Wednesday, January 2, 2013
Court Overturns Teenager’s Life-Without-Parole Sentence
By KENNETH OFGANG, Staff Writer
This district’s Court of Appeal has ordered a new sentencing hearing for a teenager serving life imprisonment without possibility of parole for two gang-related murder.
Div. Three, which had affirmed Jesse Silva’s conviction and sentence for the murders of Albert Molina and Johnny Lopez in May, only to have the case remanded by the California Supreme Court, which ordered the sentence reconsidered in light of Miller v. Alabama, (2012) 132 S.Ct. 2455. Miller struck down a statute mandating a life sentence without possibility of parole for juveniles convicted of the highest degree of murder.
Molina was shot to death at a residence at 12462 Osborne in Los Angeles County in June 2007. Witnesses said Silva was in a group of about six people who tried to join a party and became angry when they were subjected to a weapons search by Molina and another person.
Members of the group yelled insults against the Vineland Boys gang. Witnesses said one of them yelled “Paca Trece” and another “Orcas,” both names of gangs active in the Pacoima area. (“Paca” is short for Pacoima, Justice Patti Kitching explained in the unpublished opinion.)
Shot in the Chest
A fight ensued, and witnesses said several shots were fired in the air before Silva took the gun from one of his compatriots and fired it three to five times toward the crowd, with one bullet fatally striking Molina in the chest.
Lopez was killed in June 2008, allegedly after he and a friend, Marvin Maldonado, encountered Silva in front of Silva’s home in Arleta. Lopez allegedly asked Silva where he was from, and Lopez answered “PT,” short for Paca Trece.
During a subsequent encounter that same day, Silva asked Lopez where he was from, and Lopez answered San Fer, the name of a rival gang. Silva then took a semiautomatic handgun from his waist and shot Lopez about six times, Maldonado testified.
Moldonado was shot in the back as he fled, he testified.
A gang expert testified that Silva was a member of the Pacoima Cayuga Street Locos, or PCSL, a gang allied with Paca Trece.
Jurors convicted Silva of both murders, found as special circumstances that he committed multiple murders and committed the murders for the benefit of a criminal street gang, and also found him guilty of the attempted murder of Maldonado and of grossly negligent discharge of a firearm and assault with a firearm.
Penal Code Section
Los Angeles Superior Court Judge Cynthia Ulfig sentenced him to life imprisonment without possibility of parole for the murders and to 80 years to life on the other charges. The LWOP sentence was imposed under Penal Code Sec. 190.5, which provides for either that sentence or one of 25 years to life in prison when a defendant is convicted of a first degree murder committed when he or she was between the ages of 16 and 18.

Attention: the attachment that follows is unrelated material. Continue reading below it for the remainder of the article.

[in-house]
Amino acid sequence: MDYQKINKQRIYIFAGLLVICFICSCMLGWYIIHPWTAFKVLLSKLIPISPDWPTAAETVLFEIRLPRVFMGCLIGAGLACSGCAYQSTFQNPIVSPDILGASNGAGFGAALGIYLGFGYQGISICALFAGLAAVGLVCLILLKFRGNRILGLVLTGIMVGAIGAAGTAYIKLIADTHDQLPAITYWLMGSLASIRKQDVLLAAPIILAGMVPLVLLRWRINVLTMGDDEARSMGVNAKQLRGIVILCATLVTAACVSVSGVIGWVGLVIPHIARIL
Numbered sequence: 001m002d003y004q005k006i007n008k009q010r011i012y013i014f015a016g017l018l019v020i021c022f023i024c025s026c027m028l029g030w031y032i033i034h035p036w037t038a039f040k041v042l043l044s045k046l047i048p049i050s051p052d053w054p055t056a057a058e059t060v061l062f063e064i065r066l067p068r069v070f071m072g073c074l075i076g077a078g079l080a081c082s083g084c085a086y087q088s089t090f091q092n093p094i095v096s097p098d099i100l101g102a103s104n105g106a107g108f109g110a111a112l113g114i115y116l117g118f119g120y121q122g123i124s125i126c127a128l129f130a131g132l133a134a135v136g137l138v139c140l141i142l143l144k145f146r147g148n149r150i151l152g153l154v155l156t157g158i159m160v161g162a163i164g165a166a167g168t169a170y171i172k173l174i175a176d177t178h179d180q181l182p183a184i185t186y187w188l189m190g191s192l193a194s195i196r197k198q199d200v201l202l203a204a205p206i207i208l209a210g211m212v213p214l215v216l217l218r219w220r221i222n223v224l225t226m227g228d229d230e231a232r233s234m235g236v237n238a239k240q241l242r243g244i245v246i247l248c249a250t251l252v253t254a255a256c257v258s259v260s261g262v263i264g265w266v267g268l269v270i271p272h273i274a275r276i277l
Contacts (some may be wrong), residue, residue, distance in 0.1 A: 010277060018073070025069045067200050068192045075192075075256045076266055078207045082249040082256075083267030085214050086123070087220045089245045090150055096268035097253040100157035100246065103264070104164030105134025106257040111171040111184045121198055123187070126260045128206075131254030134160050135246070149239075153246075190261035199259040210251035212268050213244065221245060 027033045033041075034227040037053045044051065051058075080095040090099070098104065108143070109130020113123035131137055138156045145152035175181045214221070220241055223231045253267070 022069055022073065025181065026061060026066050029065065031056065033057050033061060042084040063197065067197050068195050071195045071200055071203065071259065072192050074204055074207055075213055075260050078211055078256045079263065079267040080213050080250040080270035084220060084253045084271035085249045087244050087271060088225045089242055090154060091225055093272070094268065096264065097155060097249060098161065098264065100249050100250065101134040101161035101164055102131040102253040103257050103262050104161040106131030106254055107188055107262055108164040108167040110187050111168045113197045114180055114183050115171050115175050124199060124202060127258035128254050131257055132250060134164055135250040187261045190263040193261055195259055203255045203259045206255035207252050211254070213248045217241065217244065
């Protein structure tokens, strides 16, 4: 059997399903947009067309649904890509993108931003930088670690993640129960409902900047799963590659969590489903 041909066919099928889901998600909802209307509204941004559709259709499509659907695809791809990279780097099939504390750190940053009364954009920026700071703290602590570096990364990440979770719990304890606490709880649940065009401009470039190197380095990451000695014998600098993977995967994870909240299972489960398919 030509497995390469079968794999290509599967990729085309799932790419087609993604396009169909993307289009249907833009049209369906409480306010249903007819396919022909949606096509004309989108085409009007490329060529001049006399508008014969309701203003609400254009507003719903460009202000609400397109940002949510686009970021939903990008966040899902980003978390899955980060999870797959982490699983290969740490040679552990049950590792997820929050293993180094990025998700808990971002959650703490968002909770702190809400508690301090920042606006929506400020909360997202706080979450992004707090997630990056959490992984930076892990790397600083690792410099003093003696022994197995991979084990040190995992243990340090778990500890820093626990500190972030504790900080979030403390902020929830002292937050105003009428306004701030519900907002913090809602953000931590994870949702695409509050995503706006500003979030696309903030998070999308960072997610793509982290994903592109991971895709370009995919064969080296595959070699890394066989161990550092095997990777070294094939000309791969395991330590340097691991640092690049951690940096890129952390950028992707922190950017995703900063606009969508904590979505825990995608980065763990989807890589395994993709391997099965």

In its original opinion, Div. Three rejected numerous defense claims, including that Silva should have been tried separately as to the two incidents and that prosecutors systematically used peremptory challenges to eliminate Hispanics from the jury.
The Court of Appeal reiterated those holdings on Friday, but said remand was required solely because of the Miller issue, which was not briefed originally because the Supreme Court had not ruled on it.
Kitching distinguished California’s law from the one struck down by the U.S. high court, because California’s law does not mandate LWOP, as Alabama’s does. But she agreed with defense counsel that Miller renders the California law unconstitutional as applied to Silva.
She cited People v. Caballero (2012) 55 Cal.4th 262, in which the court cited Miller in holding that a sentence of 110 years to life in prison for a juvenile convicted of three counts of attempted murder violated the Eighth Amendment because the sentencing judge failed to consider “all mitigating circumstances,” including the offender’s age, whether the offender was a direct perpetrator or an aider and abettor, and the minor’s physical and mental development.
In Silva’s case, the trial judge, based on Sec. 190.5, presumed LWOP to be the correct sentence and placed the burden on the defense to show why a mitigated sentence of 25 years to life should be imposed.
The application of that presumption is error under Miller, the justice explained, but added:
“We express no opinion as to how the trial court should weigh any factors discussed in Miller and Caballero, and/or any other permissible sentencing factors, and we express no opinion as to what the extent of appellant’s incarceration should be before he is able to seek parole from the parole board.
Attorneys on appeal were Sharon Fleming, by appointment, for the defendant and Deputy Attorneys General Lawrence M. Daniels and Allison H. Chung for the prosecution.
The case is People v. Silva, B225127.
Copyright 2013, Metropolitan News Company